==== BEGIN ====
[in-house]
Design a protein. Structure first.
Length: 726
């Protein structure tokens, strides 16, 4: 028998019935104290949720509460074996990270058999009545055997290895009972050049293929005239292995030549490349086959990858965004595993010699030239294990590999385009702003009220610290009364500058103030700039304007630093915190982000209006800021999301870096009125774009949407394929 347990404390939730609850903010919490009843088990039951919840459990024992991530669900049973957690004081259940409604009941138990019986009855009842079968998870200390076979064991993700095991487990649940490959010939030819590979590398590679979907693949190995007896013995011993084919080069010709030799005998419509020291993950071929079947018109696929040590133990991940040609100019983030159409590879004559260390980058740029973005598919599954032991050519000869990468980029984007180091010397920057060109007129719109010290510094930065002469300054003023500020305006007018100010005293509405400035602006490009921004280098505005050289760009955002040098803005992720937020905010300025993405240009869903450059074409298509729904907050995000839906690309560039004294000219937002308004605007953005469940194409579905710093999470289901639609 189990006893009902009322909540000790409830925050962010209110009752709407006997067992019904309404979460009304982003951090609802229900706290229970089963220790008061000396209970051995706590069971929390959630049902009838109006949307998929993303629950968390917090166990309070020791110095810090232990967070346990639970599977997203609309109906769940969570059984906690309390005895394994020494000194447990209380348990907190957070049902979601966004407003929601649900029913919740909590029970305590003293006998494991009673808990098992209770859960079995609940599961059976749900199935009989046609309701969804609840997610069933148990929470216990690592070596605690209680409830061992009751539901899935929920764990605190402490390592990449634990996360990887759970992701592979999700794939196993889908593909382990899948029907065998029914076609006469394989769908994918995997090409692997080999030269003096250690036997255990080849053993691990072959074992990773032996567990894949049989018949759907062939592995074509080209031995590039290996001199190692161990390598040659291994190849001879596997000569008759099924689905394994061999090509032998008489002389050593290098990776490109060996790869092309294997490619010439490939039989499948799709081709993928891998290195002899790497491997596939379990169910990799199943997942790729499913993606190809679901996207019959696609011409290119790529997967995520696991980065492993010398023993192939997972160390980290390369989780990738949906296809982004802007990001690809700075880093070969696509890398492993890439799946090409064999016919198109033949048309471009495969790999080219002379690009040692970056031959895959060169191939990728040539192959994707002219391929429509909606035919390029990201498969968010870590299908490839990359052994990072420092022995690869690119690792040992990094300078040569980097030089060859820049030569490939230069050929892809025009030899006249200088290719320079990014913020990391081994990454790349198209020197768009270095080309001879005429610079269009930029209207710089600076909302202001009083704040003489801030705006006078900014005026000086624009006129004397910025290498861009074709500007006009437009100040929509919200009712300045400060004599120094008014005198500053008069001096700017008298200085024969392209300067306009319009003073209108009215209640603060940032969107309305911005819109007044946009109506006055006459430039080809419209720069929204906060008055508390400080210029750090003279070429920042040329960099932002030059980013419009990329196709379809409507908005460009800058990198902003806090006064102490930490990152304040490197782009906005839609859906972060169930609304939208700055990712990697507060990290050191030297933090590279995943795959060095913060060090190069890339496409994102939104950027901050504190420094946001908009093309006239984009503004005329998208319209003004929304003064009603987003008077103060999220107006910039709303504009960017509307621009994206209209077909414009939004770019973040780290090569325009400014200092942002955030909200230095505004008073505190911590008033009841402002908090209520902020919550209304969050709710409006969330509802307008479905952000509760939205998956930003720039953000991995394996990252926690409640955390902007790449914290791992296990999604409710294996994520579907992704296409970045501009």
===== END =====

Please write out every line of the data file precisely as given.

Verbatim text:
[in-house]
Design a protein. Structure first.
Length: 726
């Protein structure tokens, strides 16, 4: 028998019935104290949720509460074996990270058999009545055997290895009972050049293929005239292995030549490349086959990858965004595993010699030239294990590999385009702003009220610290009364500058103030700039304007630093915190982000209006800021999301870096009125774009949407394929 347990404390939730609850903010919490009843088990039951919840459990024992991530669900049973957690004081259940409604009941138990019986009855009842079968998870200390076979064991993700095991487990649940490959010939030819590979590398590679979907693949190995007896013995011993084919080069010709030799005998419509020291993950071929079947018109696929040590133990991940040609100019983030159409590879004559260390980058740029973005598919599954032991050519000869990468980029984007180091010397920057060109007129719109010290510094930065002469300054003023500020305006007018100010005293509405400035602006490009921004280098505005050289760009955002040098803005992720937020905010300025993405240009869903450059074409298509729904907050995000839906690309560039004294000219937002308004605007953005469940194409579905710093999470289901639609 189990006893009902009322909540000790409830925050962010209110009752709407006997067992019904309404979460009304982003951090609802229900706290229970089963220790008061000396209970051995706590069971929390959630049902009838109006949307998929993303629950968390917090166990309070020791110095810090232990967070346990639970599977997203609309109906769940969570059984906690309390005895394994020494000194447990209380348990907190957070049902979601966004407003929601649900029913919740909590029970305590003293006998494991009673808990098992209770859960079995609940599961059976749900199935009989046609309701969804609840997610069933148990929470216990690592070596605690209680409830061992009751539901899935929920764990605190402490390592990449634990996360990887759970992701592979999700794939196993889908593909382990899948029907065998029914076609006469394989769908994918995997090409692997080999030269003096250690036997255990080849053993691990072959074992990773032996567990894949049989018949759907062939592995074509080209031995590039290996001199190692161990390598040659291994190849001879596997000569008759099924689905394994061999090509032998008489002389050593290098990776490109060996790869092309294997490619010439490939039989499948799709081709993928891998290195002899790497491997596939379990169910990799199943997942790729499913993606190809679901996207019959696609011409290119790529997967995520696991980065492993010398023993192939997972160390980290390369989780990738949906296809982004802007990001690809700075880093070969696509890398492993890439799946090409064999016919198109033949048309471009495969790999080219002379690009040692970056031959895959060169191939990728040539192959994707002219391929429509909606035919390029990201498969968010870590299908490839990359052994990072420092022995690869690119690792040992990094300078040569980097030089060859820049030569490939230069050929892809025009030899006249200088290719320079990014913020990391081994990454790349198209020197768009270095080309001879005429610079269009930029209207710089600076909302202001009083704040003489801030705006006078900014005026000086624009006129004397910025290498861009074709500007006009437009100040929509919200009712300045400060004599120094008014005198500053008069001096700017008298200085024969392209300067306009319009003073209108009215209640603060940032969107309305911005819109007044946009109506006055006459430039080809419209720069929204906060008055508390400080210029750090003279070429920042040329960099932002030059980013419009990329196709379809409507908005460009800058990198902003806090006064102490930490990152304040490197782009906005839609859906972060169930609304939208700055990712990697507060990290050191030297933090590279995943795959060095913060060090190069890339496409994102939104950027901050504190420094946001908009093309006239984009503004005329998208319209003004929304003064009603987003008077103060999220107006910039709303504009960017509307621009994206209209077909414009939004770019973040780290090569325009400014200092942002955030909200230095505004008073505190911590008033009841402002908090209520902020919550209304969050709710409006969330509802307008479905952000509760939205998956930003720039953000991995394996990252926690409640955390902007790449914290791992296990999604409710294996994520579907992704296409970045501009």